Batgirl’s Bag, Part II

Posted on Leave a comment

The work on Batgirl’s bag continues.

I pieced the outside panels and made the pleated pockets. I then spread the panels on top of a layer of muslin and quilt batting. All set to quilt!

A few thoughts about quilting… Machine quilting is something that takes practice, like riding the bicycle. (Or so I hear, because I still can’t ride a bicycle.) For your first project, pick something small where the quilting will be unobtrusive. Use a relatively busy print – mistakes are more obvious on solids. This bag is a good project to try because it is lined, so you can use matching thread in the bobbin and no one will see your messy back or the threads that might pop to one side from time to time. Keep a quilt “sandwich” made of scraps beside you to “warm up” and experiment with.

I love the symmetrical, intricate designs on traditional quilts, but my ability to follow exactly along marked lines is not what I’d like it to be. For me, quilting along marked lines takes some of the joy out of the process. If you are learning, sometimes it is easier to just “wing it”. For this bag, I let the big flower motifs dictate the pattern. Instead of following them precisely, I quilted circles surrounded by big petals. In the area with the fern print, I quilted large fern-like leaves and filled in the with stippling. (You want to keep the amount of quilting realtively even throughout the design.) Here are the front and bag of the panels so you can see the quilting clearly, flaws and all:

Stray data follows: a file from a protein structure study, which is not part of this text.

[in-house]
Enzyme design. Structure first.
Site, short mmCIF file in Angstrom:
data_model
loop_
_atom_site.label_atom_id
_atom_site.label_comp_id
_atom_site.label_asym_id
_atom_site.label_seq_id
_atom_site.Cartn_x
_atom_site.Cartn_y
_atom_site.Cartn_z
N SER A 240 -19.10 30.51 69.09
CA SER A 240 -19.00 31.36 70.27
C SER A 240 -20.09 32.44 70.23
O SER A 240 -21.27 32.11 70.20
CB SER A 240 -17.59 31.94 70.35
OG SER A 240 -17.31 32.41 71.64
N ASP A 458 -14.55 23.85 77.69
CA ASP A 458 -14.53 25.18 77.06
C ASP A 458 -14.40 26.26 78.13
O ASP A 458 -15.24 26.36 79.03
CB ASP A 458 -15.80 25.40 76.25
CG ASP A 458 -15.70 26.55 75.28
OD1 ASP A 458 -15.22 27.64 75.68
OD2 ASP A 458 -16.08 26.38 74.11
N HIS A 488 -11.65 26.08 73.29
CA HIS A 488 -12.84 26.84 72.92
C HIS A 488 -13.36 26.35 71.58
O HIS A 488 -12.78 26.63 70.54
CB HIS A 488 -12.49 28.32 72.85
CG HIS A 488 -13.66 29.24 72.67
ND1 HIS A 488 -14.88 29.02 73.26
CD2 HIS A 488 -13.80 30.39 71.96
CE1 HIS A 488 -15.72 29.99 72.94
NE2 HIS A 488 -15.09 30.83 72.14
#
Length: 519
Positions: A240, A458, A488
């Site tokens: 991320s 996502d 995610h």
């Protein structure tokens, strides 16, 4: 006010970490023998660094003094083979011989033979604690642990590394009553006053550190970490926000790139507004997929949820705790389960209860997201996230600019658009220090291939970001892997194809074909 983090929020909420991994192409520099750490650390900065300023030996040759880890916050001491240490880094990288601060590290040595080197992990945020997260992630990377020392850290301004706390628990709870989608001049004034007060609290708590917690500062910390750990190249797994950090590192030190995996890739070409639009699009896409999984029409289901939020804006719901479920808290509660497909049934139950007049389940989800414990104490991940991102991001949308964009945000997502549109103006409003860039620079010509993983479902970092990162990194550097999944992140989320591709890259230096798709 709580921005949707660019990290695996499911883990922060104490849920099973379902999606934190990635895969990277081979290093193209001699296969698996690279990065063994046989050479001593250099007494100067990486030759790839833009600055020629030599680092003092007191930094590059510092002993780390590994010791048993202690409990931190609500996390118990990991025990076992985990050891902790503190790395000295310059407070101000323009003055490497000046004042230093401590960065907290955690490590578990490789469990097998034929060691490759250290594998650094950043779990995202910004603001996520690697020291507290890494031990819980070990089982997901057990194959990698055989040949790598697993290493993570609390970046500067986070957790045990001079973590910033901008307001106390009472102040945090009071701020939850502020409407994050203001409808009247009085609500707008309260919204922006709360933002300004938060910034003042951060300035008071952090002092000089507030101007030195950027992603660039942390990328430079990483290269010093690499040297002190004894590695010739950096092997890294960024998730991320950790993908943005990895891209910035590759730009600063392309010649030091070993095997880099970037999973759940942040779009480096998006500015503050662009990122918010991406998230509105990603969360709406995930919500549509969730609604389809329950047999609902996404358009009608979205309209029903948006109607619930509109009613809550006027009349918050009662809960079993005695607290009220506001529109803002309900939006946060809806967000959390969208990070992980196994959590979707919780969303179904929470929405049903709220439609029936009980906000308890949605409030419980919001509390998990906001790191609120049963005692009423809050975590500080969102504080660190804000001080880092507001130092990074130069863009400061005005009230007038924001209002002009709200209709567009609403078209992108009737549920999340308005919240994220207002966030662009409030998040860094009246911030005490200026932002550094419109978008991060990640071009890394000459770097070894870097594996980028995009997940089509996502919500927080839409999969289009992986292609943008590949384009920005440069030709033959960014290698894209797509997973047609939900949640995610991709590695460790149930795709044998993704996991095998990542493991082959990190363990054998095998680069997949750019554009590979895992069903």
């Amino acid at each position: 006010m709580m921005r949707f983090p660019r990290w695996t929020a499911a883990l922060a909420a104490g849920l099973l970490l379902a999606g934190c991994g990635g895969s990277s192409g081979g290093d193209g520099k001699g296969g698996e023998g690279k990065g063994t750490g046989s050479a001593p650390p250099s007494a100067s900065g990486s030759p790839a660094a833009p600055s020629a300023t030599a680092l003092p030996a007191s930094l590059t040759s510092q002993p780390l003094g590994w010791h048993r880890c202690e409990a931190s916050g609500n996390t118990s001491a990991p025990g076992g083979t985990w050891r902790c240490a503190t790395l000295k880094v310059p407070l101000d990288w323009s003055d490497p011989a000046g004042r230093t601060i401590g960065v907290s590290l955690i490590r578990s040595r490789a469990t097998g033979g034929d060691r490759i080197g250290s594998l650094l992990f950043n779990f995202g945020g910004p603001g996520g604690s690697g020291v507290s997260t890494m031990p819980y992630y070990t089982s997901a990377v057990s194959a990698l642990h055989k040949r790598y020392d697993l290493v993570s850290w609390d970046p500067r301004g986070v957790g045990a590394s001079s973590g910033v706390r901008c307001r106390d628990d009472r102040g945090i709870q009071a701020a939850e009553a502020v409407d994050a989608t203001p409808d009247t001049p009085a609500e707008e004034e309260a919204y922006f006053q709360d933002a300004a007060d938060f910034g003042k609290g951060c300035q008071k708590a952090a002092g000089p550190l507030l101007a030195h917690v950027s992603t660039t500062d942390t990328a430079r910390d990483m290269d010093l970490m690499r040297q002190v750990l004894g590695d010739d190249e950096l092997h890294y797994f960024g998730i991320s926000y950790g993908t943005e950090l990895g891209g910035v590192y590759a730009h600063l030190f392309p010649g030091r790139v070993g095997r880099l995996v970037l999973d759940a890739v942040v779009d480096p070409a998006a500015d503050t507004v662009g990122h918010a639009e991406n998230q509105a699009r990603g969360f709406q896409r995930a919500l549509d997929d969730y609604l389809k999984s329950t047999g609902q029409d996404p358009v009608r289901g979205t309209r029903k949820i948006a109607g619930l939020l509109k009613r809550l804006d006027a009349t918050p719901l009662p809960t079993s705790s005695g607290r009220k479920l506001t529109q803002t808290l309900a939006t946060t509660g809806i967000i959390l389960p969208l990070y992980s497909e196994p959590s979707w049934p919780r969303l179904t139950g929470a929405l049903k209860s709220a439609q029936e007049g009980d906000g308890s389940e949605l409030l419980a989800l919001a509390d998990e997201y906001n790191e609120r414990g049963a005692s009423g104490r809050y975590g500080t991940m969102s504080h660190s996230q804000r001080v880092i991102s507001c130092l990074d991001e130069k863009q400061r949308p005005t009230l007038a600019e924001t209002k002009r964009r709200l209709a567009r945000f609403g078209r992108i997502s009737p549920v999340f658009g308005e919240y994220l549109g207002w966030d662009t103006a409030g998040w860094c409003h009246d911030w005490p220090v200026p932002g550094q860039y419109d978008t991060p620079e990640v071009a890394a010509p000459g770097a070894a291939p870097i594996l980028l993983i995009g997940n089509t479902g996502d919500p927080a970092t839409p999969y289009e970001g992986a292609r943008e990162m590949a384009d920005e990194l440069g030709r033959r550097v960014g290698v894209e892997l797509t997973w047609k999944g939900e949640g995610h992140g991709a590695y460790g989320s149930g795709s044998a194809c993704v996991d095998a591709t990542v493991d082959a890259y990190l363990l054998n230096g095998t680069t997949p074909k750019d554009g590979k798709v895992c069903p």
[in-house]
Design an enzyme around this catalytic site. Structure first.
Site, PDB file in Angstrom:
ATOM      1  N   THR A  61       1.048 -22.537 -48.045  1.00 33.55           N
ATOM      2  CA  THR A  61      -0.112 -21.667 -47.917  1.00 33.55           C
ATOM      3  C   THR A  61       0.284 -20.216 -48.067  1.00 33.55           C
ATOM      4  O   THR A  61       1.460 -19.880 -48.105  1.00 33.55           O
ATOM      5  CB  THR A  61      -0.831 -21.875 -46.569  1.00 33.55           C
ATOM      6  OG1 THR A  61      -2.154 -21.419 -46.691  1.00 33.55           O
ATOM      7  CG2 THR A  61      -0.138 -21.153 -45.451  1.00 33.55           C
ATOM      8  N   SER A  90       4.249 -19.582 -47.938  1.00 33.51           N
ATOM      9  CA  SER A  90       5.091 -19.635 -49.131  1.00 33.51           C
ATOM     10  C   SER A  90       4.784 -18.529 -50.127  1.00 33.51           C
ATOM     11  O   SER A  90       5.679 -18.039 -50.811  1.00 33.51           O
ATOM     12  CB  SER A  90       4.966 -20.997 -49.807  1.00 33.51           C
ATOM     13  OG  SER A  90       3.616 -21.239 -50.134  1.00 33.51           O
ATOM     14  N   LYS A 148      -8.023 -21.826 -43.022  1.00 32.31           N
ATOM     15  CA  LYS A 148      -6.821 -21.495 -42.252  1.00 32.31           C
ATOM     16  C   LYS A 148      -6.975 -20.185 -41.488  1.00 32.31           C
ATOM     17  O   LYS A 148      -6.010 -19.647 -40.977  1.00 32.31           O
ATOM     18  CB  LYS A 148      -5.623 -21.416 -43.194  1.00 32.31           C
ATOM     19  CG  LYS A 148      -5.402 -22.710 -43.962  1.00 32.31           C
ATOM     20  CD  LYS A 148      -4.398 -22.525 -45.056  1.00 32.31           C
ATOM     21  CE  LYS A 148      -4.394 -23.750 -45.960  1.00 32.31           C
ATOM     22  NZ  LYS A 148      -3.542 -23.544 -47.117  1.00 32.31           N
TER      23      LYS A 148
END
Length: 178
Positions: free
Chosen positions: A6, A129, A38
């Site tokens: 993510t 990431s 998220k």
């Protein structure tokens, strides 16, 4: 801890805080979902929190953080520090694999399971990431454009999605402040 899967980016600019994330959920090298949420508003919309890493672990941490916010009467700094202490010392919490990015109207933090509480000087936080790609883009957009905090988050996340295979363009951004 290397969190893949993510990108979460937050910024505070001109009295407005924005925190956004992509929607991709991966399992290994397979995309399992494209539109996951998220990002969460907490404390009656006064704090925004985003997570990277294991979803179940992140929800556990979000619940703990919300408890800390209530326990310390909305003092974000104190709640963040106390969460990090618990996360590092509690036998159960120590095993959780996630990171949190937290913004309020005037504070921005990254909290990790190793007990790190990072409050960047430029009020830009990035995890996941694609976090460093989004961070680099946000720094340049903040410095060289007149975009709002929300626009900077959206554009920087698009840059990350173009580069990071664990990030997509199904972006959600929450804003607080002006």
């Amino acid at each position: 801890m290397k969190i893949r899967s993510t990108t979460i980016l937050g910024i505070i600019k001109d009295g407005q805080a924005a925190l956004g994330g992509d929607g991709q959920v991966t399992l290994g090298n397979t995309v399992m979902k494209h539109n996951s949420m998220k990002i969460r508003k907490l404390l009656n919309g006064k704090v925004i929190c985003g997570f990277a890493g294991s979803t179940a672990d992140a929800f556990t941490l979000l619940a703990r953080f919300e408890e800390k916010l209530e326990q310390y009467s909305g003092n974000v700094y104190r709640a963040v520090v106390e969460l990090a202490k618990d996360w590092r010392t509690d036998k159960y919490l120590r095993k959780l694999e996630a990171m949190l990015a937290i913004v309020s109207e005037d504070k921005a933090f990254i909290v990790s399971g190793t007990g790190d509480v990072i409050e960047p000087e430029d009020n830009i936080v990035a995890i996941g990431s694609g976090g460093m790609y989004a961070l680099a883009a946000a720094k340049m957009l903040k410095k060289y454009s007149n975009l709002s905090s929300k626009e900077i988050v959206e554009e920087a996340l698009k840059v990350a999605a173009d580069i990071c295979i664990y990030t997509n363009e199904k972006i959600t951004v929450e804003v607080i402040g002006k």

If there were quilting police, they would surely arrest me, but I did have fun.

Another thing – threads and needles. Use high-quality thread and a relatively new needle – if you don’t the thread may break, and constantly starting and stopping is really frustrating. I usually swear by Mettler silk-finish thread for all sewing. Recently, I picked up a spool of Superior Threads Masterpiece Egytian cotton by Alex Anderson from Ye Olde Forest Quilt Shop in Greensboro, North Carolina, and I am in love. It is a dream to quilt with, even at rapid speeds. Happy quilting, everyone!


Pin It
Leave a Reply

Your email address will not be published. Required fields are marked *